“Oh, well, those Pokémon are allowed to roam free as they like. Their parents will show them everything they need to know so they can survive out in the wild, if they’re released. That’s always up to the trainers who own the parents.”

    Jason blinked and frowned. “They’re not studied?”

    “Only if the trainers allow it, but not in cages or boxes. They all need to be able to run around and interact with each other. All of that is the information Professor Oak really wants to see, how Pokémon get along with each other and what it does to help them grow.” She giggled again. “It helps him to understand how Pokémon and people get along with each other, too. He makes it sound simple but I know it’s got to be complicated, there are so many people he has working for him there. It’s full to overflowing! He should really buy more property so he can expand his preserve.”

    Jason resisted the urge to slump. Well, if I had any hopes about working there, they’re pretty much dashed out now. So where does that leave me? Being a Pokémon trainer? That wasn’t really what I had in mind when I said I wanted a Gyarados...

    His attitude change must have registered with his hostess, because her face softened and her shoulders sagged a little in sudden sympathy. “Oh. I guess you were wanting to apply for a job there?” At his nod, she bobbed her head. “Lots of young adults like to come here to see the preserve and apply. Something about working with Pokémon just draws them. If they can’t train, they want to at least interact.” She tilted her head at him. “I know you’re not a trainer, but is there a reason you’re not?”

    “Uh.” The question caught him off-guard. “Well. I guess it just wasn’t really an option for me, until recently.”

    “What happened?”

    He’d been looking for a way to answer that question without giving himself away ever since leaving the Orange Islands. He did his best to ignore the sudden acceleration of his heart rate as he tried to explain. “My dad, he was always leery about letting his son have a Pokémon. Thought I’d spend all my time with it and not enough time doing my chores and stuff like that.”

    “Ugh, tell me about it,” she groaned. “My son already seems to enjoy the few minutes I spend at Professor Oak’s lab a fair bit more than he should. He keeps trying to climb over the fences and play with the Pokémon in the preserve. With that sort of foolishness, the poor child is going to follow in his father’s footsteps.”

    The unhappy tint in her voice informed Jason that asking about the boy’s father might not be the wisest move to be made, conversationally speaking, and suddenly it was apparent from whom the clothing he now wore had come. Maybe this is a good time to change the subject, he thought. I’d probably try to get out of here, except she’s making food, and I don’t think I could resist it if I wanted to.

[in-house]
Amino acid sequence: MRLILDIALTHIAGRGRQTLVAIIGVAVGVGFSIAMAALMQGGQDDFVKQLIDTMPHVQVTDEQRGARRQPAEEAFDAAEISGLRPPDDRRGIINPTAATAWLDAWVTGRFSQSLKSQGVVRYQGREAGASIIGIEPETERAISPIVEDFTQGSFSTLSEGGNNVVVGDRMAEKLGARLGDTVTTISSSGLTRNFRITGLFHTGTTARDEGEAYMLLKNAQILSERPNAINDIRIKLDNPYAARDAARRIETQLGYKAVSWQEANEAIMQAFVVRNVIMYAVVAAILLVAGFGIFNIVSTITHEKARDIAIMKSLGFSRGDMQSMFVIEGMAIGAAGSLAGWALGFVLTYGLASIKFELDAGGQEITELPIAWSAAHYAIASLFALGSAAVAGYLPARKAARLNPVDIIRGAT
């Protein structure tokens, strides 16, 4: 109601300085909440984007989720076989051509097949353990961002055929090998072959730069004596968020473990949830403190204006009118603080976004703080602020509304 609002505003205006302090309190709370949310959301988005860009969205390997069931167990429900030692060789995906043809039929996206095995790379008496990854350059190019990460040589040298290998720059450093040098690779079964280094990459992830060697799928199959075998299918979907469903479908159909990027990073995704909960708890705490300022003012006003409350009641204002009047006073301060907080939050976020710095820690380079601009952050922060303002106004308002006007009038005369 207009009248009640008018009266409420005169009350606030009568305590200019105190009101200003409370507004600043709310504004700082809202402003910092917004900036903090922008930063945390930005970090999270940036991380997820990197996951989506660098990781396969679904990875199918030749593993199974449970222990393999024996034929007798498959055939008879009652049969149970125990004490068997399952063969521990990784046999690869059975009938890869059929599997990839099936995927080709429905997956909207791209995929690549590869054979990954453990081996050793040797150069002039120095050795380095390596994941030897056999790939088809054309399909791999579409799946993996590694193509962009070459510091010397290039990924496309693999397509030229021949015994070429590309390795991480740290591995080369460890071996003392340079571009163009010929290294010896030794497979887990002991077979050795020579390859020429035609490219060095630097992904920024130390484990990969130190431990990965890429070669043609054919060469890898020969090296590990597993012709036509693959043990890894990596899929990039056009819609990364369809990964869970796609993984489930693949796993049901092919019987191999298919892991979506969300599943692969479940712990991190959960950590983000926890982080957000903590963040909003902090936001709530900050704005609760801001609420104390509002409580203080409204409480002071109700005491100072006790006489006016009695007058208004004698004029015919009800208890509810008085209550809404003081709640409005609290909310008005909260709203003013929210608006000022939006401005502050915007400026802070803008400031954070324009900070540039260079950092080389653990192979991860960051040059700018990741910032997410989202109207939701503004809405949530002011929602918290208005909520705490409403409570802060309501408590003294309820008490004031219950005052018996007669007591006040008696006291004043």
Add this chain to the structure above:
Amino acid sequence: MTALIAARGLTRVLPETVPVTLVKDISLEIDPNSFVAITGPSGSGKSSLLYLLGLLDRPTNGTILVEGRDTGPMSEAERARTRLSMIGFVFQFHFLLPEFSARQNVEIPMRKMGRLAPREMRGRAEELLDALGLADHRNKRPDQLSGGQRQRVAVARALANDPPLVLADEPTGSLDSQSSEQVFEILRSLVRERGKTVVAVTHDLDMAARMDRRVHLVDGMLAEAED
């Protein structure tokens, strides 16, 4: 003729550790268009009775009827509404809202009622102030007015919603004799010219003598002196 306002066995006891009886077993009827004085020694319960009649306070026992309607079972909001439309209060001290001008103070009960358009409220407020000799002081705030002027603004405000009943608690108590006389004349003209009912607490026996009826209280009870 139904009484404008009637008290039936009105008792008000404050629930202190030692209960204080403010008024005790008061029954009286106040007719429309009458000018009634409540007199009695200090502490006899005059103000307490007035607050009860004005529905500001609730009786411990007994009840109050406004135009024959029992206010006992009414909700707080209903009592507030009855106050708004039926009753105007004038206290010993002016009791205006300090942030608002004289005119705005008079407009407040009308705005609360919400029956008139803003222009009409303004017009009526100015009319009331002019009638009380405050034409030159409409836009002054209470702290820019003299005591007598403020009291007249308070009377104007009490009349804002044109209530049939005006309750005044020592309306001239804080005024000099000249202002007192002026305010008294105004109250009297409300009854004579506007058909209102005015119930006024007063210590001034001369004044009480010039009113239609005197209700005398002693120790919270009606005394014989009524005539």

He tilted his head to one side. “So may I ask what’s cooking?”

    “Oh! Of course.” Her face broke into a smile again. “Potato soup with cheese and mushrooms, and steamed snow peas on the side. My parents always taught me it was important to include at least one green vegetable with your meal.”

    “Mine, too,” Jason remarked. “That never really stopped me from trying to avoid them, though.”

    “Well, don’t you be avoiding these. I don’t waste food and there’s no Pokémon here to feed them to. If you’ve been out on that water all this time, then you must be starving, and you can’t afford to be picky.”

    “Can’t really afford anything, at the moment, which is why I came here hoping for a job,” the teen responded. “I was hoping to make it on my own. Not feeling quite so hopeful now. I didn’t want to depend on other people’s good graces to help me out of my own jam.”

    “Then consider this part of your tab. You can pay me back later. I can even give you a grocery list.” She smiled once more, then began ladling soup into a bowl and scooping peas onto a small plate beside. “The truth is, Jason, we all have to rely on each other for help now and then, whether we want it or not. It just happens. Take what you can get. Just don’t take too much advantage, and always try to give back.”

    “And what about the clothes?” he asked.

    “I have plenty more where they came from, and the same goes for the bandages on your feet. But if you want to put all of that on your tab, too...”

    He looked at her seriously. “I promise, I’m going to pay you back, not just for all the stuff you’re letting me have and what you’re doing for me, but also for all the kindness you’ve shown me today. I’m not taking it lightly.”

    She set the food before him, then pushed the platters close to the edge of the table. “Eat up. You’ll need it.”

    Jason released a small scoff at her urging, but after consuming a spoonful of soup, he found himself immediately reaching for more. It wasn’t until at least half the bowl was gone that he put any thought into what she’d said after insisting he eat. “Need it for what? If Professor Oak doesn’t need researchers...”

    “He always needs researchers, he just needs ones of different kinds. You should really talk to him about it before deciding you’re not needed there.” At his odd look, she tapped her temple with her forefinger. “I may not catch everything, but I do catch some things. Finish up your food, then you can go on to his lab and find out what he can use you for. I’ll bet he can find you something to do.”